My life in outer space

The Years of Rice and Salt – Kim Stanley Robinson (2002)

The Years of Rice and Salt

‘A vanguard of the Mongol horde rides west across the steppes into an eerily silent world. People lie dead in villages and in the streets of towns. The Black Death has struck Europe. there are virtually no survivors.

Into this empty land pour merchants, warlords and refugees, and from that day forward history is shaped by the East instead of the West. Japanese ships cross the Pacific ocean and Chinese ships cross the Atlantic to colonise the New World, while a scientific revolution is begun in Samarkand. And the destinies of a cast of unforgettable characters weave a bright new pattern through seven hundred years of history as it never was, but might have been.’

Blurb from the 2003 HarperCollins paperback edition

Robinson takes as his basic premise that of Christopher Evans’ ‘Aztec Century’. There, the plague devastated Europe to the extent that social progress was halted, allowing the Aztec civilisation to progress, explore and develop technologically. In Robinson’s alternate world the plague rampaged through Europe in the 14th Century and wiped out virtually the entire population. Thus, when the Mongols began exploring from the East, they discovered an empty land.
This history, divided into exquisitely written episodes set sometimes hundreds of years apart and in different parts of the world, is a romantic, joyous and uplifting work. Often the tales told are set on the borders between cultures, religions, classes, even between sexes, and profound debates are conducted, often to no great effect, although the point Robinson seems to make is that any examination of the nature of life no matter how trivial has a cumulative effect on the society of the world.
There are some interesting social developments in America where the Native Americans, inspired by an adopted Japanese, form a league of Tribes which resists any incursions by Chinese or Japanese invaders.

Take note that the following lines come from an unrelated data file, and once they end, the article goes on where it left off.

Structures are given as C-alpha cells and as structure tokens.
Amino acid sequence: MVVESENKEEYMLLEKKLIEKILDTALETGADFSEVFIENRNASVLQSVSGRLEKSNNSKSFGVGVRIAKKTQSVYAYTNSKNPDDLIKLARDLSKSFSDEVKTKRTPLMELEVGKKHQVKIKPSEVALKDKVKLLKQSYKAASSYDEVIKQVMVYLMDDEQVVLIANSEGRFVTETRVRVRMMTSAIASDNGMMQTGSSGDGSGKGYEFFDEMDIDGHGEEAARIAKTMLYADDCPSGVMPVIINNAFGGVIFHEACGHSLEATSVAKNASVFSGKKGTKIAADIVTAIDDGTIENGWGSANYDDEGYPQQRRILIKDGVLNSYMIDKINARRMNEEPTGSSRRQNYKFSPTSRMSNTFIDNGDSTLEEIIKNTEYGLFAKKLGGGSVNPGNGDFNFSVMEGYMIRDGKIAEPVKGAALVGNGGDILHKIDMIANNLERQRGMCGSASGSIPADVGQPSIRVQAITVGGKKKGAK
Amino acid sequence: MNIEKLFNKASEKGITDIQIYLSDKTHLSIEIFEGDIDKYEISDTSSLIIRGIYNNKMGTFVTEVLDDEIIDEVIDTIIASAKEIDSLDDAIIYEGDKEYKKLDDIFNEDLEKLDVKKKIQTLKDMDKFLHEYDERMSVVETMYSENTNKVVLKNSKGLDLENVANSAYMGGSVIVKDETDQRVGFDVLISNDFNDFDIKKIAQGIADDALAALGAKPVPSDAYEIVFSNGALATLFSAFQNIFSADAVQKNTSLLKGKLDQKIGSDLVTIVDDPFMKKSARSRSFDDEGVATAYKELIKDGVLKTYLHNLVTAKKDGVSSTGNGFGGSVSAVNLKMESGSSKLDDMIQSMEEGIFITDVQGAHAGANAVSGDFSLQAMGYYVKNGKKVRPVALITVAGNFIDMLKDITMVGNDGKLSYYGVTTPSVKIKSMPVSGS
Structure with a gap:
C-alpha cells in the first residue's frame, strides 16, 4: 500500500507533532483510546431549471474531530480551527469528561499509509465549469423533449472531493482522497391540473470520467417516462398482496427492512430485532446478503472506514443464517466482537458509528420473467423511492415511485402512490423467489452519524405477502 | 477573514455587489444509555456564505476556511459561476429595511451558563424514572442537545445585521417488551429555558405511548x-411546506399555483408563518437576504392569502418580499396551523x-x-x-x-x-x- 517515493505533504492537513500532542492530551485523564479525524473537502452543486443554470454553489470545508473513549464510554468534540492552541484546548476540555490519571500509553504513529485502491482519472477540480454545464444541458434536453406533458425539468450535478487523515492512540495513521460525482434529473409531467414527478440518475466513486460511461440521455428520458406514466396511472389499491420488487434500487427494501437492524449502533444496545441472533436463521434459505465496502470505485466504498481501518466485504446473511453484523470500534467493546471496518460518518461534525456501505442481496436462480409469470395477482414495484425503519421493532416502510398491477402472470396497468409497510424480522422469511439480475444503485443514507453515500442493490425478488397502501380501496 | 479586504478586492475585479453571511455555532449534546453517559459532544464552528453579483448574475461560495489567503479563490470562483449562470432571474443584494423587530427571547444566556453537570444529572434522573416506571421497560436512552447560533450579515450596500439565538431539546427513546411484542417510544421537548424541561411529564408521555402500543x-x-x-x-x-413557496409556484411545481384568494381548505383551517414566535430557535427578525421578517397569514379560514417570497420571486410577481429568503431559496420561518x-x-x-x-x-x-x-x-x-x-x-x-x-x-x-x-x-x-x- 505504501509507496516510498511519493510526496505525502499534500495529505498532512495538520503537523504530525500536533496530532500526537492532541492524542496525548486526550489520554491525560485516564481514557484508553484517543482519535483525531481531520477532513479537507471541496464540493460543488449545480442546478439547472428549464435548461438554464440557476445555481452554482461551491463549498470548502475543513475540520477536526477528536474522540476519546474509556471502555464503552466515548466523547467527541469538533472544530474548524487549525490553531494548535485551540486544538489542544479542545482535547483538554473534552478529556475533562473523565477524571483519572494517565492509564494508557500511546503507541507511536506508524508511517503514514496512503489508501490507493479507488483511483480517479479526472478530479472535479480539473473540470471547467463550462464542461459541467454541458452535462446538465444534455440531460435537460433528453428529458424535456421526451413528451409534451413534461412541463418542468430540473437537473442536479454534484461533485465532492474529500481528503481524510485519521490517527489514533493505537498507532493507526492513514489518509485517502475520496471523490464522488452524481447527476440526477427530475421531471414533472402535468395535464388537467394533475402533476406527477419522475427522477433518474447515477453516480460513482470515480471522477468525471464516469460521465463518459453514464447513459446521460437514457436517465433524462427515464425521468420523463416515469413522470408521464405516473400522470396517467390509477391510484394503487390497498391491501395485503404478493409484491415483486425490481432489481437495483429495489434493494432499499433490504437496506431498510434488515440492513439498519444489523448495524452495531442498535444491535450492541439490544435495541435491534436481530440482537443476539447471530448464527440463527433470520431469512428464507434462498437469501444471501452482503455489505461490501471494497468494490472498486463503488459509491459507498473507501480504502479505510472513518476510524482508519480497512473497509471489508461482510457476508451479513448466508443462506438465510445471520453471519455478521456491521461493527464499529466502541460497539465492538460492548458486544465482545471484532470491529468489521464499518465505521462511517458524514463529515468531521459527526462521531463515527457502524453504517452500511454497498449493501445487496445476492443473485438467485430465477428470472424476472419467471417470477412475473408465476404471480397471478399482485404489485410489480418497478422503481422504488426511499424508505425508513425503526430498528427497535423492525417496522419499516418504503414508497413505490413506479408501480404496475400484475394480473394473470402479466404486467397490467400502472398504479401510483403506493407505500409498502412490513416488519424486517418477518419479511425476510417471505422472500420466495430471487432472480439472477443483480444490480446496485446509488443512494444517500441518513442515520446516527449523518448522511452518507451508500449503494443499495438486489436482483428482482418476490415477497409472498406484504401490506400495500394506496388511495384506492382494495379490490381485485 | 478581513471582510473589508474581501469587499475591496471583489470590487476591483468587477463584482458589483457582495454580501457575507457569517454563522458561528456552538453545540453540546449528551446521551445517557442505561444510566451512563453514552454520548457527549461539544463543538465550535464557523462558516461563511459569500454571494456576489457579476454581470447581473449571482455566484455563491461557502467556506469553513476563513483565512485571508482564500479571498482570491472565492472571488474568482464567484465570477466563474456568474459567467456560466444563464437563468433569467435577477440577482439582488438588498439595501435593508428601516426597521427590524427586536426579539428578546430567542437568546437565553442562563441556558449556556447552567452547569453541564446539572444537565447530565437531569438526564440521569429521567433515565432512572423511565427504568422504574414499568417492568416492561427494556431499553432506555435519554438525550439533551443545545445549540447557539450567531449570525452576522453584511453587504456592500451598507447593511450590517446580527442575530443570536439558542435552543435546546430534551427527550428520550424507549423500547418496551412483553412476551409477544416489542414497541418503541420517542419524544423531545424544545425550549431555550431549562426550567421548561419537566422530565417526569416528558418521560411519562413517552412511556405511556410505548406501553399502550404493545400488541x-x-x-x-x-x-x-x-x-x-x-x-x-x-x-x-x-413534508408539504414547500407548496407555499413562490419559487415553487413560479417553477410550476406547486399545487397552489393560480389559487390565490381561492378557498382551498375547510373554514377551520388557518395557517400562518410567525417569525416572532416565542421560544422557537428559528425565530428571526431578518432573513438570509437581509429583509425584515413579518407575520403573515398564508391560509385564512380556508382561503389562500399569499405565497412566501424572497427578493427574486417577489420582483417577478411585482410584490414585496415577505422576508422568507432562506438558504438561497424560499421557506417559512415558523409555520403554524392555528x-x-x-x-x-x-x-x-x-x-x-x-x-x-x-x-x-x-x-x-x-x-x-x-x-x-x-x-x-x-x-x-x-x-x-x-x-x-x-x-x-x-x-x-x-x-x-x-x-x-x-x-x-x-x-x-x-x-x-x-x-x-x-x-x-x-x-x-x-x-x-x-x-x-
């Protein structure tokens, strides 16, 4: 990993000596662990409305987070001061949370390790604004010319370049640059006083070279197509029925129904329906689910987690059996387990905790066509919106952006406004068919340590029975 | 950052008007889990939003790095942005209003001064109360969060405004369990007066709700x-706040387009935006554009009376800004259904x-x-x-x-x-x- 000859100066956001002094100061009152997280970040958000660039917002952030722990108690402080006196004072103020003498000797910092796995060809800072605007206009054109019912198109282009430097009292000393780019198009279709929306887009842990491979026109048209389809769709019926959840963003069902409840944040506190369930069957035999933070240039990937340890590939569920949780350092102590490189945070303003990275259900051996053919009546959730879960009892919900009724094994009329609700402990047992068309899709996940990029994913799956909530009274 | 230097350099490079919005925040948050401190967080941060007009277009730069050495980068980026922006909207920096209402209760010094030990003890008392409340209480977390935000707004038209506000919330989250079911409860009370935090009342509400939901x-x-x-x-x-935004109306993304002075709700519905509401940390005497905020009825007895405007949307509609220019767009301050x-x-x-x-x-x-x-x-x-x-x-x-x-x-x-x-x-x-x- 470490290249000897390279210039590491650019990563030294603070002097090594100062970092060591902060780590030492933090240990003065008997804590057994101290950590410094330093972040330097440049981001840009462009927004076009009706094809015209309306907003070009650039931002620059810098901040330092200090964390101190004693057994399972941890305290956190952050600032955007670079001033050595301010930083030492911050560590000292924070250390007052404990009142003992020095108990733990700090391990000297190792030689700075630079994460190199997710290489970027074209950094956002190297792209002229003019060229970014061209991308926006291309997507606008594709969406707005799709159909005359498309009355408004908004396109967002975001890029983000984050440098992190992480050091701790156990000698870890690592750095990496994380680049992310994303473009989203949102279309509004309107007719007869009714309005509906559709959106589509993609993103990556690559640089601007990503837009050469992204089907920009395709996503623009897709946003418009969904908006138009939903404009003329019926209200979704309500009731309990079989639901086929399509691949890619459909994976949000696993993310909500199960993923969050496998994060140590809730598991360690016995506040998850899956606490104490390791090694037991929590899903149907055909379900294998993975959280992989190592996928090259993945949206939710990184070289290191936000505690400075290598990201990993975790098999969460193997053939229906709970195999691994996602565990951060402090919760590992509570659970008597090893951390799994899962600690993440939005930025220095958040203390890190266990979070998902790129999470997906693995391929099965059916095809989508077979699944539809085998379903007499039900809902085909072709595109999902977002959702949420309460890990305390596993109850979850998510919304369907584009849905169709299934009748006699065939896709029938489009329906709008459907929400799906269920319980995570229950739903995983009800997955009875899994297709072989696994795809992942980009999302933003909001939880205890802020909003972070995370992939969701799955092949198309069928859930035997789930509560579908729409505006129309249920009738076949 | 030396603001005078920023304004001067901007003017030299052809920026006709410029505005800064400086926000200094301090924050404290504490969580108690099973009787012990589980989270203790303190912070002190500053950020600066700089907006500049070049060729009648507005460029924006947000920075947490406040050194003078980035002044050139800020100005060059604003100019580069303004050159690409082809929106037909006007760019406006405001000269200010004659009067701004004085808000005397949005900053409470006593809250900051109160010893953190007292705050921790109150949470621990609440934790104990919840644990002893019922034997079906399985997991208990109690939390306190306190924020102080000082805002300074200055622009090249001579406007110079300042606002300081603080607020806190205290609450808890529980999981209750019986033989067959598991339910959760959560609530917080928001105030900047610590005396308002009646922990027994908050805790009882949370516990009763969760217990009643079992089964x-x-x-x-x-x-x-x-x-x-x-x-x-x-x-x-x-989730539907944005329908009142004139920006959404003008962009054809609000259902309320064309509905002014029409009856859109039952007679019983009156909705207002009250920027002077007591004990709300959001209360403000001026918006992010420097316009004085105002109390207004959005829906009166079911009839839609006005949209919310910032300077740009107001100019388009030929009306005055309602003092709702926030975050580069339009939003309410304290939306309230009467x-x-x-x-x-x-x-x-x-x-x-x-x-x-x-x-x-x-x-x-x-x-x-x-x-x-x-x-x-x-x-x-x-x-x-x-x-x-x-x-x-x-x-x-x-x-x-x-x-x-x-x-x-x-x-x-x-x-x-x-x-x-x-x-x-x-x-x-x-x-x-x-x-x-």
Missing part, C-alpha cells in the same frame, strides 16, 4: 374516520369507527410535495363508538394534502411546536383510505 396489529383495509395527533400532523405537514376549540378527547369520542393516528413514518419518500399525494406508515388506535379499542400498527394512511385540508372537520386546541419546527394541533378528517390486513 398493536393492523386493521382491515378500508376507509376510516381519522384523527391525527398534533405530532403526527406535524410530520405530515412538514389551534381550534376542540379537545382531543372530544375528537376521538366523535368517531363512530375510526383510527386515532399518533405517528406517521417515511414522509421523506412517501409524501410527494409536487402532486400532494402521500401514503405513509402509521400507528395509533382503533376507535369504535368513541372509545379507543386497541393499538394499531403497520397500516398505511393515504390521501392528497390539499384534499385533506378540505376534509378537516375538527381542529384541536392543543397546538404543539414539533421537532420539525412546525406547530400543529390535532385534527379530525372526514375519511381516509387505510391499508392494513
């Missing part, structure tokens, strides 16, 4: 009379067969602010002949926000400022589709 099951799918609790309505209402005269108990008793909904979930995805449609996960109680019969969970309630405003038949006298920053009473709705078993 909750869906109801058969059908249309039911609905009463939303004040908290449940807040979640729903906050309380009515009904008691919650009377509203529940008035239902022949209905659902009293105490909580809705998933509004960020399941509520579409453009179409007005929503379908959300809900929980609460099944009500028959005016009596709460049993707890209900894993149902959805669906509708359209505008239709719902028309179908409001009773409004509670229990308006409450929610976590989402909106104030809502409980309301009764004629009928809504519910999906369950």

Christianity has all but disappeared, and Europe and Asia are composed of Buddhists, Muslims, Hindus and Sikhs.
In his Mars trilogy Robinson managed to create a continuity of narrative over about three hundred years by the device of the longevity serum which kept his main characters alive from the first landing on Mars through its terraforming to its independence and beyond.
Here, as a linking thread through the centuries he employs the unconventional device of reincarnation. Souls travel in groups, we are told, and are often reborn in the same area or reconnect in life. The souls here are recognised in the narrative by their initials since they return with names beginning with K, B and I. In the intermissions between chapters they return to ‘the Bardo’ able, as they were not in the flesh, to recall their past lives. It’s an effective device, as it’s a metaphor for the evolution of the soul of society as a whole.
The souls cross the boundaries of gender and race, and even at one point, of species, as when the K soul, having murdered in her last life, is reborn as a tiger.
It’s a beautiful and poetic novel, and shows once more Robinson’s versatility and flare for sheer style and characterisation, ending, as always with KSR books it seems, with hope for the future of humanity.


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